The birth of ‘synthetic marijuana’

Addiction Inbox has an interview with pharmacologist David Kroll where he discusses the origin of the countless synthetic cannabinoids that have recently flooded the market as ‘legal highs’ and ‘incense’.

You may know Kroll better as the author of the long-running top-notch pharmacology blog Terra Sigillata where he has been tracking the ‘synthetic marijuana’ story since its early days.

In this recent interview he gives a fantastic brief description of how these compounds were born and became big business as ‘legal highs’.

Every area of CNS pharmacology has chemists who try to figure out the smallest possible chemical structure that can have a biological effect. In fact, this is a longstanding practice of any area of pharmacology. Huffman was an excellent chemist who in the 1990s was trying to figure out the most important part of the active component of marijuana that might have psychotropic effects. These compounds made by him and his students, surprisingly simple ones, I prefer to call cannabimimetics since they mimic the effect of the more complex cannabinoids in marijuana. These basic chemistry and pharmacology studies are what ultimately lead to new drugs in every field – a facet of chemistry called “structure-activity relationships” or SAR.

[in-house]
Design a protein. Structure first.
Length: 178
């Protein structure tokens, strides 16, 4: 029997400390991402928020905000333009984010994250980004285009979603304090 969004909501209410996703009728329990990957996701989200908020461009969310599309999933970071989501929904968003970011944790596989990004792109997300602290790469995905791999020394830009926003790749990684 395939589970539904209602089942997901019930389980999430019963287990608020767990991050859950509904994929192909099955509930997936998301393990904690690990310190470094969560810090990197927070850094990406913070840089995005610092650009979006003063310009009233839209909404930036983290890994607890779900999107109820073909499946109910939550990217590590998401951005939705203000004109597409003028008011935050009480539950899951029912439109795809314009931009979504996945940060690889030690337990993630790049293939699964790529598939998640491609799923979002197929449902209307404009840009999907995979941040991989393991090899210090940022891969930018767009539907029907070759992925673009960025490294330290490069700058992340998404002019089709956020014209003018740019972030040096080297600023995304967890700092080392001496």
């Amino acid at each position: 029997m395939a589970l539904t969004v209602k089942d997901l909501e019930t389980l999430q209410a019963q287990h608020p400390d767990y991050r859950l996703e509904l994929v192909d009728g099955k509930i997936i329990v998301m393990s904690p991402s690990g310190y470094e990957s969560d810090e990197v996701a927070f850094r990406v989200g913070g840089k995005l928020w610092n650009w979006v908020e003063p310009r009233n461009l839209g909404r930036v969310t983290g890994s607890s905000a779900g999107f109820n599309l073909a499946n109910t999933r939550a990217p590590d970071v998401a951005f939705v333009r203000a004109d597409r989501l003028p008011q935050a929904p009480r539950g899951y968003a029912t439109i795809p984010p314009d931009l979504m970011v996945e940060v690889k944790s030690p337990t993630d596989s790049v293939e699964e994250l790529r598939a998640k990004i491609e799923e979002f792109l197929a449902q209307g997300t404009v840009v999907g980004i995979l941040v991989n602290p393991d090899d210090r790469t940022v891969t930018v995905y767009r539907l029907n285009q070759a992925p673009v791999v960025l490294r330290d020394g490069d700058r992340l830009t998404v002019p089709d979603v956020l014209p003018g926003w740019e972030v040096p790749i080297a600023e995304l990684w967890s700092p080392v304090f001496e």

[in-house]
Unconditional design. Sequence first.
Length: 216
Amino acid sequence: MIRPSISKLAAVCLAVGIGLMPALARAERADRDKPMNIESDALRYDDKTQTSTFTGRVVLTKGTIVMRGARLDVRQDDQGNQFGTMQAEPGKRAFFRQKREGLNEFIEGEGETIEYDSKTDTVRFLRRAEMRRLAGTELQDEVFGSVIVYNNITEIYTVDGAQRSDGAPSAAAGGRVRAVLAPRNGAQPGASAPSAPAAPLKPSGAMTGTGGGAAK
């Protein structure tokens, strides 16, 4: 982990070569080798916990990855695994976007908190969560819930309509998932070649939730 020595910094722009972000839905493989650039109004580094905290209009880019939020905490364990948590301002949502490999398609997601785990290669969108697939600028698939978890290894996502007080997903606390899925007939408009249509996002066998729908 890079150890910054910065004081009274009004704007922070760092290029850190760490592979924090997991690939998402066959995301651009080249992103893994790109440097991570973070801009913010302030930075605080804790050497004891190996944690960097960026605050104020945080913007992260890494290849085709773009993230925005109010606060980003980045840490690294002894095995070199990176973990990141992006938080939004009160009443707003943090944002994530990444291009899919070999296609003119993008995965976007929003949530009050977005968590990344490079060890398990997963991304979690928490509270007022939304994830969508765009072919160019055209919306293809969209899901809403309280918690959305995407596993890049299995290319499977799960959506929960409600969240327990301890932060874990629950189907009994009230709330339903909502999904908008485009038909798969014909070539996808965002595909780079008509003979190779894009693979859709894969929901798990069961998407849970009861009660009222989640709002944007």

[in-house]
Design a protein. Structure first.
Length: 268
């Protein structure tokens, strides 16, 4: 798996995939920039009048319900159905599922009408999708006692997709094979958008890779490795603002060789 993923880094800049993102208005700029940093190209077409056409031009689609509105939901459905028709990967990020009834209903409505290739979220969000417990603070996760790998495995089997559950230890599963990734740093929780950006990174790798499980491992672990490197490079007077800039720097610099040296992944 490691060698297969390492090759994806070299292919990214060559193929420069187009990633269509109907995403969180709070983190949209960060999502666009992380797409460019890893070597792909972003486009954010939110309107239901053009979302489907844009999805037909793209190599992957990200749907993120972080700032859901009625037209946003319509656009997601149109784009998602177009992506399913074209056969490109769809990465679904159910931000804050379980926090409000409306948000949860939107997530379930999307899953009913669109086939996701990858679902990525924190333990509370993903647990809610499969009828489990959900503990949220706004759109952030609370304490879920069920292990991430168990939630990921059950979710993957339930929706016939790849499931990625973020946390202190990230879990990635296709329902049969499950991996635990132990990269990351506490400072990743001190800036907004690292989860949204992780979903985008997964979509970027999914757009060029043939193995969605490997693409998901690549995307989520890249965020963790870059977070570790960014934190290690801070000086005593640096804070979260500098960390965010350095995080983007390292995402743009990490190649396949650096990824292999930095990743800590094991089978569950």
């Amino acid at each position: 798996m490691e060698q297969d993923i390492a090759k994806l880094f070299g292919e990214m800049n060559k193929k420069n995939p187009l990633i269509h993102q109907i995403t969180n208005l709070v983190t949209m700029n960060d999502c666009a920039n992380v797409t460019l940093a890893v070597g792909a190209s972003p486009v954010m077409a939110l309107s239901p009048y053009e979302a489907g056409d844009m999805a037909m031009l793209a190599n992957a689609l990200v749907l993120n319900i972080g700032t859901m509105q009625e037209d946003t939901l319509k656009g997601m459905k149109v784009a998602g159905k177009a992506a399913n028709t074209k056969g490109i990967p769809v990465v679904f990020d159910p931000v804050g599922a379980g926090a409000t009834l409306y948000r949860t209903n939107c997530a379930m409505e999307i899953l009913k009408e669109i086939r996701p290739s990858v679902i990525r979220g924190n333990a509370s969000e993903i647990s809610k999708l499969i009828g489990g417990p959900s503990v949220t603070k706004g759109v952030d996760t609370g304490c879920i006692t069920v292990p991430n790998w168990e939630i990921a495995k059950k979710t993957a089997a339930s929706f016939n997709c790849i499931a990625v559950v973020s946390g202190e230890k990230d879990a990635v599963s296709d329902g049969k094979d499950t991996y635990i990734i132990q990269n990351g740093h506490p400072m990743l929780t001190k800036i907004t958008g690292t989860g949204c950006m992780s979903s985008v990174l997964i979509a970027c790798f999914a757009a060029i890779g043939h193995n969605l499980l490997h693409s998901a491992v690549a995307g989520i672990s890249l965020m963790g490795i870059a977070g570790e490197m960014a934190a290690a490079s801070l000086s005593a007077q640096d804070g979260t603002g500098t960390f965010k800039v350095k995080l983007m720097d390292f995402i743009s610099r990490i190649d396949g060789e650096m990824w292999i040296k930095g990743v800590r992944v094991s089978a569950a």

But since they are simple, they are relatively easy to make – some of Huffman’s work at Clemson was actually done by undergraduate chemistry majors. So, it was no surprise that they would be picked up by clandestine drug marketers, even though cannabis (UK) and marijuana (US) are freely available. The attraction to users was, until recently, that Huffman compounds (prefixed with “JWH-” for his initials) could not be detected in urine by routine drug testing. Hence, incense products containing these compounds have been called “probationer’s weed.”

In the interview he also discusses drug legality, drug development and prescription. Well worth checking out.
 

Link to David Kroll interview at Addiction Inbox.

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  2. [...] covered the history of these compounds recently and we also discussed the market approach of the neuroscientist-packing ‘legal high [...]

  3. [...] covered the history of these compounds recently and we also discussed the market approach of the neuroscientist-packing ‘legal high [...]

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